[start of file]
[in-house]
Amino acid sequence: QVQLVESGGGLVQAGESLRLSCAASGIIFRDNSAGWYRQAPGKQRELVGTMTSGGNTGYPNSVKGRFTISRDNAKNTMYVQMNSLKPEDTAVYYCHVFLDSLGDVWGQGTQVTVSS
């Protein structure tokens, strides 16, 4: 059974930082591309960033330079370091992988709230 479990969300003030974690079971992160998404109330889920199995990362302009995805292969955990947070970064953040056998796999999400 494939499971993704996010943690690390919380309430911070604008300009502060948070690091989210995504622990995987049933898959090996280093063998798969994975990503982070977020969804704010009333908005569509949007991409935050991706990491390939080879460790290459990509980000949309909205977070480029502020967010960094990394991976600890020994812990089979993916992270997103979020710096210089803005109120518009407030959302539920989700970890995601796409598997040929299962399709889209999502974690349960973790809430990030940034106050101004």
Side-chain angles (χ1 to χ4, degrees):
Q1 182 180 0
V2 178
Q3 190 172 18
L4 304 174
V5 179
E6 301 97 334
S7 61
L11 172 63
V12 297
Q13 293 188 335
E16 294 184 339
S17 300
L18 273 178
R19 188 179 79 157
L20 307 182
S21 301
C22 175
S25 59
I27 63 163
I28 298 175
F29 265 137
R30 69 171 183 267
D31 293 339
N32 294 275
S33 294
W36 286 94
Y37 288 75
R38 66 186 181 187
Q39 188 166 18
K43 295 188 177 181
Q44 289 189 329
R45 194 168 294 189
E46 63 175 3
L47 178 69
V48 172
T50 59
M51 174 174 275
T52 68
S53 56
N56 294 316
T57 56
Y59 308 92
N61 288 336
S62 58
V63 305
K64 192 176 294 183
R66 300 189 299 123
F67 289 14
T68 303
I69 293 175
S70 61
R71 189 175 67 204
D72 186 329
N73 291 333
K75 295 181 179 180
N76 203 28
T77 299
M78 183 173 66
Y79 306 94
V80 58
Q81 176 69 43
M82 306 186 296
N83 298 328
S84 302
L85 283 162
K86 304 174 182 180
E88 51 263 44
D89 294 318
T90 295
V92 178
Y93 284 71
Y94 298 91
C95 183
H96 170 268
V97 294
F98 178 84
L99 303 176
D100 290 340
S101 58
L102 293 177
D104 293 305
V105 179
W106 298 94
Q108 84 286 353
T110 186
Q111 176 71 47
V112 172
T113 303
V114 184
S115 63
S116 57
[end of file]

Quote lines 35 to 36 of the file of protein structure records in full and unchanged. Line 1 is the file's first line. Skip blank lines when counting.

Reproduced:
Q44 289 189 329
R45 194 168 294 189